Complete ChromeSearch Redirect Removal Guide (Full Instructions)

Chromesearch redirect image

An infection with the dangerous ChromeSearch Redirect leads to serious security issues. Victims can restore and protect their computers by following our complete removal guide.

Remove ChromeSearch Redirect and Restore PC
Manual Removal Guide
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Distribution of ChromeSearch Redirect

ChromeSearch is a new malware which has been reported in various attacks worldwide. At the moment the security experts have not been able to identify a single tactic that is being used to infect the targets. We presume that the hackers are using several of the most important methods to carry out the malicious campaigns.

A common way of setting browser hijacker attacks is the use of email spam messages. They may directly distribute malicious file attachments containing scripts that lead to an infection. Other cases can utilize complex social engineering tricks and hyperlinks that are specifically made to confuse the intended targets into infecting themselves. Two more scenarios that are used in combination with email messages rely on infected files used as payloads ‒ documents and software installers.

  • Infected Software Installers ‒ The criminals craft malicious packages made out of legitimate software installers. They are taken from the official vendor download sites, modified and then posted on online sites or attached (either as file attachments) or linked in the email messages.
  • Infected Documents ‒ They represent dangerous files that usually come in the form of some of the most popular document types: rich text documents, spreadsheets and databases. When the users open them up a notification prompt will ask them to enable the built-in scripts (macros). If this is done then the malware is installed on the victim computer.

The malware browser plugins can be uploaded to hacker-controlled sites and P2P networks like BitTorrent as well. The hacker operators frequently utilize template design, text and images to create portals that look like legitimate download sources. They may also use domain names that are very similar to legitimate sites and advertise them via pop-ups or ad networks.

The browser hijacker code associated with the ChromeSearch Redirect can be found in numerous malware toolbars. They are usually made for the most popular web browsers: Mozilla Firefox, Google Chrome, Internet Explorer, Safari, Microsoft Edge. They can be distributed on such download sites or even on the browsers repositories (such as the Chrome Web Store for Google Chrome) using fake developer accounts.

Impact of ChromeSearch Redirect

The ChromeSearch redirect is a dangerous browser hijacker family that powers several identical web sites that seek to infect the victim users with malware code. Once infected the ChromeSearch redirect begins with the most basic procedures — to modify the default home page, new tabs page and search engine of the most popular web browsers. Examples include the following: Mozilla Firefox, Google Chrome, Opera, Safari, Internet Explorer and Microsoft Edge. Having access to these applications gives access to important data stored in them: cookies, history, bookmarks, passwords, account credentials and etc.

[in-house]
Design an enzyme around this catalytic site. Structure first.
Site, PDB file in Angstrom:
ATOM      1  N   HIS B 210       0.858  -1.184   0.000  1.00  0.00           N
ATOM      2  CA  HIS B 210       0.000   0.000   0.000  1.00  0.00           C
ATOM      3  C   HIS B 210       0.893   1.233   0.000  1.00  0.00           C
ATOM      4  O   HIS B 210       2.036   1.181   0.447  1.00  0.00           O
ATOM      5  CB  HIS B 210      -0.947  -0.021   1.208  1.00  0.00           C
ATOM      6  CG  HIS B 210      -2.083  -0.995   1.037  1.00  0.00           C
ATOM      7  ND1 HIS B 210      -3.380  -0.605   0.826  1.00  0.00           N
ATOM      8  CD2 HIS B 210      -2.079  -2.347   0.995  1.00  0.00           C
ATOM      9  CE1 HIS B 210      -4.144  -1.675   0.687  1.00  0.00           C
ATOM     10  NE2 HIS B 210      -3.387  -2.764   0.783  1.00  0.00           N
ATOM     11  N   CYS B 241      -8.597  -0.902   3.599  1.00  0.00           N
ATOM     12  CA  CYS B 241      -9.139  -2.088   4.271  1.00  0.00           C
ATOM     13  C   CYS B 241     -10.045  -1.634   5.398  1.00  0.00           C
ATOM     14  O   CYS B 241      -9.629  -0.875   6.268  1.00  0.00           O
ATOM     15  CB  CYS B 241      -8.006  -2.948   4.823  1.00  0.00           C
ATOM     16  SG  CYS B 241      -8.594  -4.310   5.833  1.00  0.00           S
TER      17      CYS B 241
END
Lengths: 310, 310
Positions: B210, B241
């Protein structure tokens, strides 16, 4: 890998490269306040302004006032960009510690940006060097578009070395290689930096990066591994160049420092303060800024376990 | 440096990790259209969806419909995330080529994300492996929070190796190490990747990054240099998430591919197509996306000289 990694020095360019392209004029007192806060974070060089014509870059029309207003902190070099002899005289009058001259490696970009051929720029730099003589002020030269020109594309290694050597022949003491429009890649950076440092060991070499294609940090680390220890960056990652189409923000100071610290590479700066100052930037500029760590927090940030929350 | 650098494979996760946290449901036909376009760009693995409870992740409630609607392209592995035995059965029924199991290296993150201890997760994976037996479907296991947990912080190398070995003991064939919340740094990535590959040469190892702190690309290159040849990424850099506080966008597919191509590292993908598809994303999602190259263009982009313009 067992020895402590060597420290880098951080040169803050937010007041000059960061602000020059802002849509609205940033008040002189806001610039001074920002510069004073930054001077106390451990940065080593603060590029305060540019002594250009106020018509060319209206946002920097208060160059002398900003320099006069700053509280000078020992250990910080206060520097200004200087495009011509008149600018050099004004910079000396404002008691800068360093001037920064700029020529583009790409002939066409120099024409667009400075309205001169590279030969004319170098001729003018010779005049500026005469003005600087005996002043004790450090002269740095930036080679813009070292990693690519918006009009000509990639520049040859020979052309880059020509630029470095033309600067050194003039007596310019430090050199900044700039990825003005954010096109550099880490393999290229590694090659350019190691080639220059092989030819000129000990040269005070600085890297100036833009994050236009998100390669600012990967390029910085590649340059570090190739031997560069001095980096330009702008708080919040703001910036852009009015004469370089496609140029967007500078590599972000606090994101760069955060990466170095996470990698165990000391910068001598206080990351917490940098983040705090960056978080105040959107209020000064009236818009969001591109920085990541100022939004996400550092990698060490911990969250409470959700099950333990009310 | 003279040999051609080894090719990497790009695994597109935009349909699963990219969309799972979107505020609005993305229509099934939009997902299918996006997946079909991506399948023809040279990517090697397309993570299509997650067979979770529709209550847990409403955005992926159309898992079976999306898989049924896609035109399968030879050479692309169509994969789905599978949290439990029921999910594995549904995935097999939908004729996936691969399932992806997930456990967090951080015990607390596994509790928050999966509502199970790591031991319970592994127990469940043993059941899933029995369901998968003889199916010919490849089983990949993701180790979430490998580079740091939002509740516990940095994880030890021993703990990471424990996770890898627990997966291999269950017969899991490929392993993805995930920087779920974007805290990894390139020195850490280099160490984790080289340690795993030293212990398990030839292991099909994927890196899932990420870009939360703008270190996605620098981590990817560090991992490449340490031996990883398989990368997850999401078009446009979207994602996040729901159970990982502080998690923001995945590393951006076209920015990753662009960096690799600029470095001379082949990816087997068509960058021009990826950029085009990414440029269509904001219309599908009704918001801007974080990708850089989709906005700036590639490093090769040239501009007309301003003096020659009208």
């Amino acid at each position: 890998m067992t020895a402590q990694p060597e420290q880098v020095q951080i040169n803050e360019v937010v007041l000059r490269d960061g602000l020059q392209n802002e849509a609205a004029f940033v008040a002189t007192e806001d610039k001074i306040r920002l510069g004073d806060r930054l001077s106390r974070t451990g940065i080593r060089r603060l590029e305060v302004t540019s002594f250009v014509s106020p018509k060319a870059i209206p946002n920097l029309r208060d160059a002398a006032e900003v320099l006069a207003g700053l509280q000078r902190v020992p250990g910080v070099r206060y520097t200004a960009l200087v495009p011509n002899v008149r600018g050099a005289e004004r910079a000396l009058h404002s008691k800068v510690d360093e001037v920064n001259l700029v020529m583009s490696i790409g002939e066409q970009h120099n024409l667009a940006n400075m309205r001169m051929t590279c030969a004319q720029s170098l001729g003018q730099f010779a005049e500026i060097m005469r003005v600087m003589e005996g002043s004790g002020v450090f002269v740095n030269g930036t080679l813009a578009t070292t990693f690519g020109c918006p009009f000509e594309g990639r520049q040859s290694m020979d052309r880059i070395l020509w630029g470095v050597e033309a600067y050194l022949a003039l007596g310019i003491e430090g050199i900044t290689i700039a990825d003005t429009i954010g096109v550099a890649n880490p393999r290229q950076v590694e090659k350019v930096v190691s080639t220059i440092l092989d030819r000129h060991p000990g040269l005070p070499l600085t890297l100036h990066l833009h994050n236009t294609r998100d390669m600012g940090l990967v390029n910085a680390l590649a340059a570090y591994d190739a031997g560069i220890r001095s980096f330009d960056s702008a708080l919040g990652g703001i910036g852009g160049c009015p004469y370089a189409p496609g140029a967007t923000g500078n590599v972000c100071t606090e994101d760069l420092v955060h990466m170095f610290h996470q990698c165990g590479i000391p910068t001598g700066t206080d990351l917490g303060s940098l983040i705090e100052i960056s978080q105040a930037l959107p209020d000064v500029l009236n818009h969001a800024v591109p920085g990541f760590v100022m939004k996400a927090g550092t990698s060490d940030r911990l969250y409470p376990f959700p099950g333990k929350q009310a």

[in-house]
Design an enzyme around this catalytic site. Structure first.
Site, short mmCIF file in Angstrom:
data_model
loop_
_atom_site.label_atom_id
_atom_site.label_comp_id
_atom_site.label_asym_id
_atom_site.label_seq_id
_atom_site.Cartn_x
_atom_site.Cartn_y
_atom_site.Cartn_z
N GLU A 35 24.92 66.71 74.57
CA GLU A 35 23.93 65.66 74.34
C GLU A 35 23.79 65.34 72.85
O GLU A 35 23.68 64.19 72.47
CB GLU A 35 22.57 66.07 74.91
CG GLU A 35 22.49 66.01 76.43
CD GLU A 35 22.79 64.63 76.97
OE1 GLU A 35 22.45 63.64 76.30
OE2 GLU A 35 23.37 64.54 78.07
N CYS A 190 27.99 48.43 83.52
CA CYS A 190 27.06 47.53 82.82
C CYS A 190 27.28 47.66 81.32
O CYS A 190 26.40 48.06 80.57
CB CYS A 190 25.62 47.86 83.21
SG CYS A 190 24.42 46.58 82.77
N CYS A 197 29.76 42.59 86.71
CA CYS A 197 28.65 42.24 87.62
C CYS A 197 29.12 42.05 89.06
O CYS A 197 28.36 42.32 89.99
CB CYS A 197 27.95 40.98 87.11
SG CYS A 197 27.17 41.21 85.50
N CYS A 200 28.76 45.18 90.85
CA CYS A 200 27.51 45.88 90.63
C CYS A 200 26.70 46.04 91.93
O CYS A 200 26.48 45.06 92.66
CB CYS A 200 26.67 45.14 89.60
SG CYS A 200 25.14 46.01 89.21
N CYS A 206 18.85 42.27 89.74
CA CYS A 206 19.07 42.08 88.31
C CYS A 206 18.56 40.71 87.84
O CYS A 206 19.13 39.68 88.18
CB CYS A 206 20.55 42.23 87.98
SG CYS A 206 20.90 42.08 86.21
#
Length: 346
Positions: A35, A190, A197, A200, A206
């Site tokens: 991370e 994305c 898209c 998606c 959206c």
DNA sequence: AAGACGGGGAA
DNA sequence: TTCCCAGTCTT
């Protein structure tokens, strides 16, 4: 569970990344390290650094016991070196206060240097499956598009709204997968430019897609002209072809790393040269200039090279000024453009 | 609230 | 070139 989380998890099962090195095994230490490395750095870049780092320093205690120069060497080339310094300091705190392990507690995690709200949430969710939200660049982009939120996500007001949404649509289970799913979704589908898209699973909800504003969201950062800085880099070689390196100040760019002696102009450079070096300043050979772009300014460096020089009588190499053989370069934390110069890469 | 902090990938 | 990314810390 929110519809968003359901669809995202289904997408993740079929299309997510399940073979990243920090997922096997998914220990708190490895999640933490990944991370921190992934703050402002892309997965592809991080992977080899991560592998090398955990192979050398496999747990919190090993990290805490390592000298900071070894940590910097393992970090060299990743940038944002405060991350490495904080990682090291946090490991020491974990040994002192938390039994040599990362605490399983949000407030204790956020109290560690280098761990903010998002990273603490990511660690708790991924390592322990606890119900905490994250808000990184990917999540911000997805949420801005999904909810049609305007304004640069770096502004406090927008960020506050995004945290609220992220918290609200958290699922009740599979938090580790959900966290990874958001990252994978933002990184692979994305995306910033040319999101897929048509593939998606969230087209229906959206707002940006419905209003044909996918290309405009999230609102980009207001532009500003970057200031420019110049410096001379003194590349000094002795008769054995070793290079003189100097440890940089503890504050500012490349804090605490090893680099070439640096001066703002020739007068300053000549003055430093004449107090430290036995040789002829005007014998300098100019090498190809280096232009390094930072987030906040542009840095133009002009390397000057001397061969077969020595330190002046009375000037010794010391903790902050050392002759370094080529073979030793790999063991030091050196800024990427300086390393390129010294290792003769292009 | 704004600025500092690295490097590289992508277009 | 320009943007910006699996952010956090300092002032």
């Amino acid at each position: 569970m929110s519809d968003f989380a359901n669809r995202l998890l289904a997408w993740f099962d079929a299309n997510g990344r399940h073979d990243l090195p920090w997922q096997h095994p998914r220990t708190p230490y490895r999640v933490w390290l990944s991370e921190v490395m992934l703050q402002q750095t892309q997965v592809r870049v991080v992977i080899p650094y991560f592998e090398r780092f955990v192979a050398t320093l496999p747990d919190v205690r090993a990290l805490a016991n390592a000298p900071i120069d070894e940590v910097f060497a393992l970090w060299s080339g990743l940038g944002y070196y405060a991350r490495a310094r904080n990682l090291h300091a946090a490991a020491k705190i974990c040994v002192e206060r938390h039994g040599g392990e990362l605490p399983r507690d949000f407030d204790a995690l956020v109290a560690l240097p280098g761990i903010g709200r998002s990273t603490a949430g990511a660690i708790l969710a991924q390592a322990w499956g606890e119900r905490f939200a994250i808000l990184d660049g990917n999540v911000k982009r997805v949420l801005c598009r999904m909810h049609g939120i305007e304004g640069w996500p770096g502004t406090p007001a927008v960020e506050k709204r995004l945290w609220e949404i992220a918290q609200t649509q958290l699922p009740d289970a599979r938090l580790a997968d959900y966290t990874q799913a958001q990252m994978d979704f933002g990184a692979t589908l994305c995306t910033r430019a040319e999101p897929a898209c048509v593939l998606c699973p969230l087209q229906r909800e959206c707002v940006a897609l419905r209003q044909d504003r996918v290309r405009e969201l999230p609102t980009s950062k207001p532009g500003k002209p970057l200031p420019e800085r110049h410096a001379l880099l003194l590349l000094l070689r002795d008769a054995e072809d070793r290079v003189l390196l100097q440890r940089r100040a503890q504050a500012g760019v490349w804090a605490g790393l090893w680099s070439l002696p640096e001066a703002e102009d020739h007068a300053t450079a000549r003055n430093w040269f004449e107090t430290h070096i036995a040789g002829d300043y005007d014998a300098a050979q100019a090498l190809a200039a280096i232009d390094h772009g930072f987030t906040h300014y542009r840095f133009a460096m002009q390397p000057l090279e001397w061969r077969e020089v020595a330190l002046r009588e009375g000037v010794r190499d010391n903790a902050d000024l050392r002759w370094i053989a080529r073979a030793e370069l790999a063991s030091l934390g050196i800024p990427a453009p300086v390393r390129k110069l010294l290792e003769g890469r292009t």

The security analysis shows that the ChromeSearch is capable of being used for a variety of different malware purposes:

  • Additional Virus Delivery — Browser hijackers like the ChromeSearch redirect are a popular tool when it comes to delivering different types of malware. Infections with such samples can easily allow the distribution of other comuter threats such as ransomware.
  • System Changes — The addition of the ChromeSearch redirect can lead to system changes done by the infection engine. The list of possible modifications include Windows registry values, application settings and system services.
  • Performance Issues — As additional resources are being utilized by the malicious instance severe performance issues and system degradation can take place.

Usually a multi-stage infection process is initiated which begins by first installing the necessary malware code into the browsers. Then the infection spreads further into the target system by following the hacker’s behavior patterns. Once all stages have completed the next time the victims open a browser they will be shown the main ChromeSearch redirect home page.

The aim of the hacker operators is to make the site appear as a legitimate service thereby confusing the victims into using it. The site uses different domains which can be changed dynamically depending. The site itself is modeled using a standard search engine home page template. There are three distinct parts that make up the site:

  • Top Menu Bar — Contains Google-related service links.
  • Main Search Engine — Shows the ChromeSearch redirect logo and the main search box.
  • Bottom Bar — Contains links to the Privacy policy and the Terms of Use documents.

One of the main aims of the hacker operators are to institute tracking cookies that continously track the behavior of the victim users. They monitor not only the interactions with the redirect but also all other visited sites and portals. The users need to be aware that any search queries can deliver sponsored results and ads which may not represent the best possible sources of information. The privacy policy and terms of use reveal some of the serious privacy and security issues that we can identify with the ChromeSearch redirect:

  • Personal Data Collection — All sensitive visitor information is collected automatically and stored in the site’s databases where they can be further processed.
  • Advertising Customization — Whenever information about the victims preferences and interest is available it is used to show targeted ads which can generate income for the ChromeSearch redirect operators.